The cheers for Brooks Koepka’s US PGA Championship victory reverberated from Rochester to Riyadh. For the American, a fifth major title which places him alongside names such as Byron Nelson and Peter Thomson in golf’s pantheon of greats. He becomes only the 20th golfer in history to reach five. Arnold Palmer, who claimed seven, is within view. Koepka’s return from his darkest days, when it looked as if injury could curtail his career, is complete.
He cut an uncharacteristically emotional figure on the final green, doubtless reflecting on his earlier physical distress. Koepka said: “This is probably the sweetest one of them all because of all the hard work that went into this one. This one is definitely special.”
For LIV itself, there is validation that its much-maligned format does indeed have competitive merit. Perhaps Greg Norman can convince his Saudi Arabian paymasters that the LIV project is worthy of enhanced time and investment now that one of its players has seen off what is widely described as the strongest field in golf. Norman must be purring at Koepka’s success. Not so Jay Monahan and the PGA Tour; with Cameron Smith, the Open champion, now also a LIV golfer, the traditional ecosystem is minus two of four current major holders.
Zach Johnson, the US Ryder Cup captain, surely cannot ignore this particular LIV rebel now or the conversation around him. Team Europe would have cause to fear Koepka in Rome in September. His 67 meant the margin of victory was two, at nine under par, from Viktor Hovland and Scottie Scheffler. The champion opened this tournament with a two-over-par 72.
Koepka’s mission was to prevent Oak Hill from turning into Choke Hill. He must have felt extra pressure, given the final-round collapse which denied him a win at the Masters last month. He started like a man on a mission, with birdies on three of the first four holes to afford himself a three-shot lead over Hovland.
When a procession looked likely, the golfing gods had other ideas. Koepka lost his ball from the tee at the sixth, triggering the first of two successive bogeys. Hovland pulled his playing partner level for a hole, the Norwegian also dropping a shot at the 7th. Birdies at the 10th and 12th for Koepka arrived either side of a pretty useful bogey at the short 11th. The Floridian’s tee shot had stuck in the face of a greenside bunker. By now, Scheffler had crept on to the scene with three birdies between the 10th and 14th. Koepka holed out impressively for par at the 13th to keep Hovland one adrift and Scheffler two back.
Hovland converted for a birdie at the 14th to tie Koepka again, but only for a matter of seconds. Nine under played eight under, with Scheffler running out of holes when minus six after 15. Disaster was to strike for Hovland at the 16th. After finding a fairway bunker from the tee, the 25-year-old cracked his second shot straight into the face of the sand trap. Clearly rattled, Hovland was to tap in for a double bogey six. Koepka’s birdie three meant he led by four at 10 under; game over.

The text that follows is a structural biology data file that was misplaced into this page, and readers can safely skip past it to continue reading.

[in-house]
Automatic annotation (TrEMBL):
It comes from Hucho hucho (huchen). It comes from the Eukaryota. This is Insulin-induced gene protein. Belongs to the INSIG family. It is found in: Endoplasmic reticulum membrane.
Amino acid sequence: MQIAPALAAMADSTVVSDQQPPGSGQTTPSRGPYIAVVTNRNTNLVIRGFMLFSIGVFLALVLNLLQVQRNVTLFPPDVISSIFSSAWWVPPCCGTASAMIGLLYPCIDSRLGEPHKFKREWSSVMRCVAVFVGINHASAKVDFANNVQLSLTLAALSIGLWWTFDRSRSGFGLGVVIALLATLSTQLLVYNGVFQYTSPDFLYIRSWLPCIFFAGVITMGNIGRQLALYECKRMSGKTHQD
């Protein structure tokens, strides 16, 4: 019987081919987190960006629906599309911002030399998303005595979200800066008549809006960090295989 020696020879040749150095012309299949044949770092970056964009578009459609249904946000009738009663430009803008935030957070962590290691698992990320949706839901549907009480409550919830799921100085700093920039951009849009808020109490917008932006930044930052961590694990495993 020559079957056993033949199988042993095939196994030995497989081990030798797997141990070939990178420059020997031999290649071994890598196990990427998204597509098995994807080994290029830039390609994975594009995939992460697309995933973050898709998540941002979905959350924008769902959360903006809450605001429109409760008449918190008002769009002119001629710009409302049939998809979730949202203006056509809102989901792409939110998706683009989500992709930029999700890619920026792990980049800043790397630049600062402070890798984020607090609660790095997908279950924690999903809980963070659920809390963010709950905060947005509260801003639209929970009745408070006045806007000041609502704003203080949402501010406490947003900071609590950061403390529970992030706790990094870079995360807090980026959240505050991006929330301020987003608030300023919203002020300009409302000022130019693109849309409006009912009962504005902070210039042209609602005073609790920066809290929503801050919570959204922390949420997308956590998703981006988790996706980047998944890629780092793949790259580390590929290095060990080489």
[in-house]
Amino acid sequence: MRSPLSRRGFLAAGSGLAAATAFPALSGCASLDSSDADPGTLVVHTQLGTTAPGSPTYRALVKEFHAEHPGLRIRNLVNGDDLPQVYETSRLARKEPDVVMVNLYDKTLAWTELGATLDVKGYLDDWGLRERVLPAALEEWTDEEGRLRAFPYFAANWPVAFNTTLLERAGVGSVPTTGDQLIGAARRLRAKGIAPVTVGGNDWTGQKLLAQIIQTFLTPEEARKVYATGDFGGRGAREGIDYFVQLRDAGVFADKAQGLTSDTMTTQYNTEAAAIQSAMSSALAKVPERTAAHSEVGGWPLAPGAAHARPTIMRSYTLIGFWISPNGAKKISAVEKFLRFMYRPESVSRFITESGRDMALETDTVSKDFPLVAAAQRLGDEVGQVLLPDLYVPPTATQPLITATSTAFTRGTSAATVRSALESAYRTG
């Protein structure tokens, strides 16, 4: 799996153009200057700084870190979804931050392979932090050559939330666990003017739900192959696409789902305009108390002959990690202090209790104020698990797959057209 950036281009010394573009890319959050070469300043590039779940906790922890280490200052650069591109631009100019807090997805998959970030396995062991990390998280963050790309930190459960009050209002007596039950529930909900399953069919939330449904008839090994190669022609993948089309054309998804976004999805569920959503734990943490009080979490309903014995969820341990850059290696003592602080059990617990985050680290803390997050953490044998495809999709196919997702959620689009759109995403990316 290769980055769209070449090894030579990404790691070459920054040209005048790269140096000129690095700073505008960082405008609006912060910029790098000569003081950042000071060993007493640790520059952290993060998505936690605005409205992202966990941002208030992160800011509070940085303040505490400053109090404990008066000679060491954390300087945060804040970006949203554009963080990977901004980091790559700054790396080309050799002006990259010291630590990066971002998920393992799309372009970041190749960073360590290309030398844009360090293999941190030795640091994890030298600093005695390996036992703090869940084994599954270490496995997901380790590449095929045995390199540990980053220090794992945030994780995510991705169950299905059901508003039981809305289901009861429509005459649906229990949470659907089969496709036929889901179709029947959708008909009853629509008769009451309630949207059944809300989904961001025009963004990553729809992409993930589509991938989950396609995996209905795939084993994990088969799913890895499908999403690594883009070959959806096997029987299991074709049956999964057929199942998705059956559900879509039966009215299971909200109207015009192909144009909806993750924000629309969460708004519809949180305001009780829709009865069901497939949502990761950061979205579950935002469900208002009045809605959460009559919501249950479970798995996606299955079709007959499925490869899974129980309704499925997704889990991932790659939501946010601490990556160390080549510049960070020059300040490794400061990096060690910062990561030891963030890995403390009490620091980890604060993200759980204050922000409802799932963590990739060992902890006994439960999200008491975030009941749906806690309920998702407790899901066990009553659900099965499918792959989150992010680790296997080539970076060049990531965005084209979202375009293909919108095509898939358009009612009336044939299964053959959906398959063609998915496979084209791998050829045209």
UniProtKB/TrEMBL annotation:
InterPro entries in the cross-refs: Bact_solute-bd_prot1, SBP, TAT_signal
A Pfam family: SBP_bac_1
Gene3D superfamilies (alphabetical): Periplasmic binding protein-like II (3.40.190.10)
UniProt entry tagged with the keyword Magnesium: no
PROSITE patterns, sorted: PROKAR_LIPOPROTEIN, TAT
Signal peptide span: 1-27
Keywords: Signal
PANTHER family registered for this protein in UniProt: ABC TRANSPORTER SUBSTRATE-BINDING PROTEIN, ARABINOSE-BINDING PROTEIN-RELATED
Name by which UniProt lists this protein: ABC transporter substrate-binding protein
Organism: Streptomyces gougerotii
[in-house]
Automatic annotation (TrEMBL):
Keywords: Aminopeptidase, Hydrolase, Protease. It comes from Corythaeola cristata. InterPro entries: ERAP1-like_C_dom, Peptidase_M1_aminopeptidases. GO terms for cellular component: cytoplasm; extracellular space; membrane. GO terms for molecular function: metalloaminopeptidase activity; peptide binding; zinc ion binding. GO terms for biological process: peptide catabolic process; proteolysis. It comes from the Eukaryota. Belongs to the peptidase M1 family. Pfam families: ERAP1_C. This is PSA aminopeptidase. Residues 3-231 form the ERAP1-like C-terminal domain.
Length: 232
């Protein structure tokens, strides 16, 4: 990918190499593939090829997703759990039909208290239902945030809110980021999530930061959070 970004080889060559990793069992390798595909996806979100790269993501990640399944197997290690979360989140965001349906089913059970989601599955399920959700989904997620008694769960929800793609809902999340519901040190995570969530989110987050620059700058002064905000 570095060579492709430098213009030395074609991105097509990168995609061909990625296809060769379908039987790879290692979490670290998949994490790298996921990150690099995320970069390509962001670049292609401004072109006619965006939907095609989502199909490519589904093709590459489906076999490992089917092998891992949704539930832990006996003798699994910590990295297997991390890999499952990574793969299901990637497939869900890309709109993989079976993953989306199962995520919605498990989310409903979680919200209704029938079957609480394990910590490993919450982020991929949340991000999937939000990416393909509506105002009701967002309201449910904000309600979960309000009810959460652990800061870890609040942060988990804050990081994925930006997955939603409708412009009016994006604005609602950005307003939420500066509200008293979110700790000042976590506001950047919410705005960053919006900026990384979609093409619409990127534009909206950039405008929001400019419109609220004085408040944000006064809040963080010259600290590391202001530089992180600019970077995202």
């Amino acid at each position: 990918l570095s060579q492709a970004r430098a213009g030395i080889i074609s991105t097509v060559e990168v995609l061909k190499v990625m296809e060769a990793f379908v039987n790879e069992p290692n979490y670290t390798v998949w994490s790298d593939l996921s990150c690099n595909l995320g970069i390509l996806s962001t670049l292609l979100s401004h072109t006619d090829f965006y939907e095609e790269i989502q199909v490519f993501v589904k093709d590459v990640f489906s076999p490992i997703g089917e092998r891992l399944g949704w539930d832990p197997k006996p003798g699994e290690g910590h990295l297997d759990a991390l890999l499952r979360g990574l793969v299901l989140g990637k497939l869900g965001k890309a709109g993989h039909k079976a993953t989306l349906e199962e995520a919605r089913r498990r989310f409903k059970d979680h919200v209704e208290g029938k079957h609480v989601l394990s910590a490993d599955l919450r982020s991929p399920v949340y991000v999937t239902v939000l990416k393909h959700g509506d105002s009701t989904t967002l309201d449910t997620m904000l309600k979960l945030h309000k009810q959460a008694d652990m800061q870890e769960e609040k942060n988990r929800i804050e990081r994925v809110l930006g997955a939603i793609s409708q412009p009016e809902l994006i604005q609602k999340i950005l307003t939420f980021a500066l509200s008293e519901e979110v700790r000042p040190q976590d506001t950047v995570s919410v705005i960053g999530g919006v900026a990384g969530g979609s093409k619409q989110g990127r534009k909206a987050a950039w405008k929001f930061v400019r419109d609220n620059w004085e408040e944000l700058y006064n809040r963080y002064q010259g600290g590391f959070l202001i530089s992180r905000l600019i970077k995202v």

Scheffler’s birdie at the last – his inward nine was of just 31 strokes – afforded him the runners-up spot alone until Hovland also closed out with a three. This felt a fair reflection of events given Hovland had traded blows with Koepka for so long. Kurt Kitayama, Bryson DeChambeau and Cam Davis shared fourth at three under.
When Rory McIlroy hit his approach to within two feet of the cup at the first, hopes were raised that the Northern Irishman could make a charge towards the leaders. He had started the day five adrift of Koepka. Bogeys at the 2nd, 4th and 7th undid more fine work by McIlroy on the front nine. The playing of that half in level-par 35 was never likely to be enough.
McIlroy picked up further shots at the 10th and 13th to edge inside the top five but had to settle for a share of seventh after a bogey on the 15th. He admitted thereafter that he had little expectation coming into the US PGA as he continues to battle technical flaws. He must change that scenario before next month’s US Open.
While glory belonged to Koepka, the most endearing moment of day four was delivered by Michael Block. The club professional, who is ranked outside the top 3,000 golfers in the world, had defied all logic not only by making the cut but maintaining a place on the leaderboard. Block had McIlroy for Sunday company.
Galleries exploded with delight at the par-three 15th as Block’s tee shot slammed straight into the hole. McIlroy was visibly delighted for his playing partner, whose disbelief was similarly plain. Block’s perfect seven iron, from 151 yards, will stay with anyone who witnessed it for ever. “It was an amazing golf shot,” said McIlroy.
McIlroy and Block were again in warm embrace on the 72nd green. Block’s tie for 15th will earn him close to $300,000 and surely further opportunity in elite environments.
Koepka’s LIV status is such that the $3.15m (£2.53m) cash prize for success at Oak Hill is basically irrelevant to him. Far more significant has proved to all doubters that he remains a true force.